Nancy Neff
Would have been good for second grade yesterday when they were studying storms!
Elizabeth Theobald
My kid really enjoyed me reading this book to him
A chronicle of a storm and all its components, and what it looks like over land and water. This almost reads like 2 different books. The text apears in 2 page spreads and is followed by a 2 page spread of illustrations. It challenges the reader to imagine the scene before the illustrator's vision is given to them on the folowing 2 pages. The wordless pictures could stand alone and tell a wordless tale of the evolution of a rainstorm. Text is decriptive and poetic. Must read/see.
I found the format of this book to be distracting, and I couldn't picture myself reading this to a child. The imagery described by the text is vivid, and the illustrations make excellent use of watercolor to depict tormented skies, but you can never look at the pictures and read the text at the same time.

In order to read this picture book to a child, one would need two copies of the book...
Becky B
A storm sweeps over the country, city, sea, and mountains as people watch in wonder.

Zolotow's writing is certainly lyrical and will help readers be able to mentally picture the storm, but some of the science part of this (particularly the cause of thunder) is not accurate. The illustrations have a certain antique charm. Read it for the entertainment not the science.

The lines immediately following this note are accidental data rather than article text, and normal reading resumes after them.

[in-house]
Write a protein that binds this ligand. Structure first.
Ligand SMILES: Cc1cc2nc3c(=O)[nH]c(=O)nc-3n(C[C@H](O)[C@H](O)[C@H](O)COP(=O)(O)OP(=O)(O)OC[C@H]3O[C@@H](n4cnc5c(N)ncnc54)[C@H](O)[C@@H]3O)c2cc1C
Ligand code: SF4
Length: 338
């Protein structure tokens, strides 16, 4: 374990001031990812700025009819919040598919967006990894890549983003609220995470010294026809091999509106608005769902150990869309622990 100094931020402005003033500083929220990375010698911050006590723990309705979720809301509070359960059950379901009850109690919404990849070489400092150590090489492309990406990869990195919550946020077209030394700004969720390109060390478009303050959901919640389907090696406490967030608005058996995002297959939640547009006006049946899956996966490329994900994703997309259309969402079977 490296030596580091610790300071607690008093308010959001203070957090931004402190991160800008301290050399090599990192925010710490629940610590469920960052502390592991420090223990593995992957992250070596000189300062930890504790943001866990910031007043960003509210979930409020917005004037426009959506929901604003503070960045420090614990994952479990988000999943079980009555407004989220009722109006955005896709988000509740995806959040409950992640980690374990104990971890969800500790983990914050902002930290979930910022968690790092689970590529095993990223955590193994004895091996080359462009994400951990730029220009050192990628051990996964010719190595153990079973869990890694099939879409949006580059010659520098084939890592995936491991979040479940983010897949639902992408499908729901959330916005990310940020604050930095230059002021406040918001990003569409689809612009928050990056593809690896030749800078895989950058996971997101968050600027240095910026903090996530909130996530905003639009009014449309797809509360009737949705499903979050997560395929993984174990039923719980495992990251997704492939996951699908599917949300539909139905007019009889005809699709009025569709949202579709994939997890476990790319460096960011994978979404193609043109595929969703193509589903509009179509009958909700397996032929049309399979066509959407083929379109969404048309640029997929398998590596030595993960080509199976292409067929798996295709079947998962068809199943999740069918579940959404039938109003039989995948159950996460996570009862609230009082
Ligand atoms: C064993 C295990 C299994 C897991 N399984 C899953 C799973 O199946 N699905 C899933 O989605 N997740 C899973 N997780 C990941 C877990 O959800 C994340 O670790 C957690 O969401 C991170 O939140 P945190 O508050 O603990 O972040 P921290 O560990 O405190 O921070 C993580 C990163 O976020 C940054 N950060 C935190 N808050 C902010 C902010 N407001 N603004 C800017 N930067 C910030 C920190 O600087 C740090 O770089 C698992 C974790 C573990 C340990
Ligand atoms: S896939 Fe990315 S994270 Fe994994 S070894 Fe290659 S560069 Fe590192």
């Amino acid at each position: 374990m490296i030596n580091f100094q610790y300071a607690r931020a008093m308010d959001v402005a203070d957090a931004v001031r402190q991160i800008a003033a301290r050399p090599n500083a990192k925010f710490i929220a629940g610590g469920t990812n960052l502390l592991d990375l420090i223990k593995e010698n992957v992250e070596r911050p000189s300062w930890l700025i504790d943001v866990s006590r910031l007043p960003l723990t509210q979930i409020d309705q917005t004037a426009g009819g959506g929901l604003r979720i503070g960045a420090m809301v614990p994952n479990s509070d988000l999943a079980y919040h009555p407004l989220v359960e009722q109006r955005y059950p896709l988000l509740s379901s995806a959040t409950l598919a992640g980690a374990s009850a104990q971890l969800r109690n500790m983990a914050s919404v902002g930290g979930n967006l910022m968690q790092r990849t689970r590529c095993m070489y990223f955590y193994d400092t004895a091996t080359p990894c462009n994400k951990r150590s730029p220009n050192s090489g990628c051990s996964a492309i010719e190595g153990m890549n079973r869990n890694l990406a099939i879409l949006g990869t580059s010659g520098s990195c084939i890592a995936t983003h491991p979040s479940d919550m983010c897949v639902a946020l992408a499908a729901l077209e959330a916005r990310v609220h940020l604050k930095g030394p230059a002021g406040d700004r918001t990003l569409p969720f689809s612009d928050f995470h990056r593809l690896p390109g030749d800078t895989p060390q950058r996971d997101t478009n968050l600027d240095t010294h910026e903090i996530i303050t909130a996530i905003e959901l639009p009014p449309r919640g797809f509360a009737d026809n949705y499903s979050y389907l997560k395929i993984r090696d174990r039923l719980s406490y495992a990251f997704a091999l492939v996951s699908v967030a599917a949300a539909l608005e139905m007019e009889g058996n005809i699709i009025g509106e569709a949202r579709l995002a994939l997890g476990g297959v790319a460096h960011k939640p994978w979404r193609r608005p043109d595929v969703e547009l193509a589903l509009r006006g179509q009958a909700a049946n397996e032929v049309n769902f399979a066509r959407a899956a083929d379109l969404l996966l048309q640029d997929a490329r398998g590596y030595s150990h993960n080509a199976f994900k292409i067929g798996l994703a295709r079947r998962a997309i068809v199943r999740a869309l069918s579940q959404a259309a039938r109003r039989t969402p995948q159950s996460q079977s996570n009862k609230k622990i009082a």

My kids were mesmerized by this story. I didn't think the long pages filled with text only would hold my littlest ones but they didn't move a muscle and listened through it all. Every other page has a full page picture layout and then the next page is text only. They all agreed that it was a very cozy book.
description of a storm moving in and out of the farm area
lots of text on 2 pgs alternated with illustration on 2 pgs
kids use imagination while listening, then study pictures
longer book, good for age 6+
We love this book. The story and illustrations take me back to childhood. The kids beg me to read this everytime they're sick. It's one of their all time favorites.
1953 Caldecott Honor

The illustrations were so lovely I wanted more. I like how quite/loud are contrasted together in every scene and section of text.
Really beautiful prose and lovely illustrations.
this was given to me by my preschool teacher, who I loved. great mood and illustrations.
Andd Becker
This Caldecott Honor book illustrated by Margaret Bloy Graham is lovely.
On the suggested summer reading list for students.
Feel the storm rising...
Caldecott honor
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Charlotte Zolotow (born Charlotte Gertrude Shapiro) was an American author, poet, editor, and publisher of many books for children.
She was published by more than 20 different houses (many of which she has outlasted). She was an editor, and later publisher, at Harper & Row, which was called Harper & Brothers when she began to work there and is now known as HarperCollins.
Among the many write
More about Charlotte Zolotow...